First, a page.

Debate around the justice of geoengineering has often, implicitly or explicitly, assumed the perspective of high-emitting groups that are disproportionately responsible for geoengineering research. We should re-orient our normative thinking regarding climate engineering research, governance, and deployment to include the agency and perspectives of the global South and subaltern groups. We will convene global representatives from diverse social movements to lead intersectional discussions on what geoengineering means for racial and environmental justice, food sovereignty, youth, gender, health and global justice as well as climate justice.

Patrick Taylor-Smith – National University Singapore , Jim Thomas – ETC Group , Duncan McLaren – Lancaster Environment Centre

David Morrow – American University & Forum for Climate Engineering Assessment , Aniruddh Mohan – Wuppertal Institute for Climate, Environment and Energy , Octavio Rosas-Landa – National University Mexico , Nnimmo Bassey – Health of Mother Earth Foundation (HOMEF)

 

 

New briefing: Climate change, smoke and mirrors

For the past decade, a small but growing group of governments and scientists, the majority from the most powerful and most climate-polluting countries in the world, has been pushing for political consideration of geoengineering, the deliberate large-scale technological manipulation of the climate.

Geoengineering is inherently high-risk and its negative effects will likely be unequally distributed. Because of this, geoengineering has often been presented as a “Plan B” to confront the climate crisis. But after the Paris Agreement, which set the ambitious goal of keeping the temperature to well below 2°C and possibly even 1.5°C, the discourse has changed. Now, geoengineering is increasingly being advanced as an “essential” means to reach this goal, through a mix of risky technologies that would take carbon out of the atmosphere to create so-called “negative emissions” or take control of the global thermostat to directly lower the climate’s temperature.

A new briefing paper by ETC Group and Heinrich Böll Foundation in advance of the UNFCCC intersessional meetings in Bonn, May 2017, gives an overview of what geoengineering is and why it is dangerous, as well as up-to-date information on proposed geoengineering technologies and governance.

A crucial read for anyone engaged in the fight against climate change.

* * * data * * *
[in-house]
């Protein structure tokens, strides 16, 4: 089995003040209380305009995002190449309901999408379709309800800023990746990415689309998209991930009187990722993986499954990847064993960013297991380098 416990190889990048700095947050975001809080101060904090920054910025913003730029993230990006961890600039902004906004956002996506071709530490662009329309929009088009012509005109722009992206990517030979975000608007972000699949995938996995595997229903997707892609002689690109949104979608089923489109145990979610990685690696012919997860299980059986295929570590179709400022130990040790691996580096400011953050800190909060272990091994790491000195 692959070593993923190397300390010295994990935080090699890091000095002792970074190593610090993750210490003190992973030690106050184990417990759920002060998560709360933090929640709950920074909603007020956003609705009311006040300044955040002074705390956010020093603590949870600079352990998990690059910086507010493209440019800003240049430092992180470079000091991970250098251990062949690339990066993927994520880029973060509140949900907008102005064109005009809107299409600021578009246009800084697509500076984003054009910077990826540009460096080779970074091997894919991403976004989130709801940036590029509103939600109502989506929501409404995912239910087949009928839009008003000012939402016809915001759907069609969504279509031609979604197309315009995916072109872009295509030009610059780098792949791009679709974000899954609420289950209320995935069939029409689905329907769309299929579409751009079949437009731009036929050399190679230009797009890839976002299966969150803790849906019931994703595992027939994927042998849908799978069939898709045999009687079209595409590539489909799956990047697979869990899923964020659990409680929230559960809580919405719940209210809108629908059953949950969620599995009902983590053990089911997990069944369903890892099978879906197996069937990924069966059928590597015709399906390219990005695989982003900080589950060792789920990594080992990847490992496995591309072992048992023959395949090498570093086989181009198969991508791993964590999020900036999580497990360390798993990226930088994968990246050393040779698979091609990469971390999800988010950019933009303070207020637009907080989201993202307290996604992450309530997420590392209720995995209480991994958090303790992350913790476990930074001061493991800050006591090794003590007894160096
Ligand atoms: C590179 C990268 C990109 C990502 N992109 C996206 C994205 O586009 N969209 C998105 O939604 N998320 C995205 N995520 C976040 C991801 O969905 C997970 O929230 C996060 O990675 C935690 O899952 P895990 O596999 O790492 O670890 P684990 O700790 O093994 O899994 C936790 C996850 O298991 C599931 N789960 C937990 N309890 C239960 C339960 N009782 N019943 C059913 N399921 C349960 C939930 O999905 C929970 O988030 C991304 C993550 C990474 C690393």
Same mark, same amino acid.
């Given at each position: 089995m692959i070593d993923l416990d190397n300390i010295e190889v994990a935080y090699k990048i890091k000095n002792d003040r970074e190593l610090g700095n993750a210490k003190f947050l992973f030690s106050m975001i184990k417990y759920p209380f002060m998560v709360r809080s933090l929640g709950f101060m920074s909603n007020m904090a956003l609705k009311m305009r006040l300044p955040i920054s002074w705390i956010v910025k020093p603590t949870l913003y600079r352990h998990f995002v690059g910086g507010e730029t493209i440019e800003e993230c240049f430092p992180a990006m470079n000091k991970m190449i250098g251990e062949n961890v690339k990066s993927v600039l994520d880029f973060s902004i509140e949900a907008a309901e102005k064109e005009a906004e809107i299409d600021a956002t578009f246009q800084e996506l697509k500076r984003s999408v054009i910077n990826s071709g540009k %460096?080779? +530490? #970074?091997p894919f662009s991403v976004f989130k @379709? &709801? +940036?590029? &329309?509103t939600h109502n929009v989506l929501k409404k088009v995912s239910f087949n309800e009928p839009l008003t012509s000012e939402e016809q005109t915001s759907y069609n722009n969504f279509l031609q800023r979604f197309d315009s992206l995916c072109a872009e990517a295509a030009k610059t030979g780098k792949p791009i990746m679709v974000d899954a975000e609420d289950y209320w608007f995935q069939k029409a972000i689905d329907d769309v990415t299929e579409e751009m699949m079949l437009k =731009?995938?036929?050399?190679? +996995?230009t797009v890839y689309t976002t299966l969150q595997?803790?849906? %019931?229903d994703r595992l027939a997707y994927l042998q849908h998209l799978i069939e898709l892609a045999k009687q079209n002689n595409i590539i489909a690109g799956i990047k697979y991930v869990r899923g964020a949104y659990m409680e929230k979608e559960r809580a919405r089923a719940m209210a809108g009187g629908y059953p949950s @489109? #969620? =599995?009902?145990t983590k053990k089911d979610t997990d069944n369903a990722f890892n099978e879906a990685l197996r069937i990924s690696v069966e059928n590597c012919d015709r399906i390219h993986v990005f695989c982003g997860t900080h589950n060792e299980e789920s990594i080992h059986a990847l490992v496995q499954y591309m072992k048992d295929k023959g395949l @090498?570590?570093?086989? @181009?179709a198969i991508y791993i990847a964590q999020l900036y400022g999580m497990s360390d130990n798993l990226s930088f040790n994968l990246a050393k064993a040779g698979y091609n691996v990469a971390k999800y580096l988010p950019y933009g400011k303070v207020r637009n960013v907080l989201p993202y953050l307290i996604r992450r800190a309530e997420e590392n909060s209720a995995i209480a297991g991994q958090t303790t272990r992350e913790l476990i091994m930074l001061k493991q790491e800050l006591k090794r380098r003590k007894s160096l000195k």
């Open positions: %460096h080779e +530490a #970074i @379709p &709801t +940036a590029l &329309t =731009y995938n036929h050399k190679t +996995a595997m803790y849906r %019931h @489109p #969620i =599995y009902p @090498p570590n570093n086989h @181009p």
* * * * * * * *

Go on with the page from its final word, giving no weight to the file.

Read the briefing paper here.

New briefing: Why are Solar Radiation Management Experiments a Bad Idea?

by ETC Group.

A new briefing from ETC Group outlines the ethical, political and environmental arguments against solar radiation management (SRM), and explains why even SRM experiments are a bad idea. The backgrounder was released in late March 2017 after Harvard University announced they are planning open-air SRM experiments  in Arizona in 2018. Read the briefing and related materials at: http://www.etcgroup.org/content/why-srm-experiments-are-bad-idea

ETC Group also issued a news release and supporting materials explaining how the new US administration could “inflate geoengineers’ balloon” and create favourable circumstances for geoengineering experiments now and in the future.

Climate Change Policy and The Super-Hero Syndrome

Jeremy Thompson/Wikimedia Commons CC BY 2.0
Jeremy Thompson/Wikimedia Commons CC BY 2.0

by Roger Boyd (Resilience)

There is a genre of Hollywood “feel-good” disaster movie, where everything seems nearly hopeless until the end, and then suddenly, many times against all hope, the super-hero (or super-heroes) saves the day. Whether it be human heroes that blow up the Earth-killing asteroid just in the nick of time; good mutants that defeat the bad mutants just in time; bad mutants turned good mutants that destroy the stayed-bad mutants just in time; future humans and non-human allies that save the Galaxy from the Empire. Anyway, you get the general storyline. The bad people/organisms /things win for the first 95% of the movie then the good people/organisms/things win against all the odds in the last 5%.

The United Nations Climate Change bureaucracy, which tends to be full of economists, engineers and enviro-managers rather than actual climate scientists and ecologists, seems to have been watching too many of these feel-good disaster movies. Seems we need to make them watch the “feel bad” disaster movies instead, like the one where the Sun eats up the Earth, or perhaps a steady diet of the unlimited supply of zombie apocalypse movies. They need something a lot darker, where super-heroes don’t save the day. Then again, maybe they should just grow up and accept that super-heroes only exist in movies. Or maybe they should just listen to the scientists and ecologists a lot more.

The United Nation’s main super-hero is called BECCS (Bio-Energy Carbon Capture & Storage). I know, not exactly as catchy as Superman, Thor, Cat Woman, or Wolverine, but what would you expect from a bunch of climate bureaucrats? BECCS is a true super-hero. The Bad Carbon will continue spewing itself into our atmosphere for decades to come, threatening to remove the ecological basis for modern human civilization. BECCS’s friends, Energy Efficiency and Clean Power, will have held back Bad Carbon a bit, but could not stop BC in time! Then at the last minute, just before human civilization melts down, BECCS sucks up BC and deposits it deep in the Earth never to return (well at least for a few thousand years hopefully).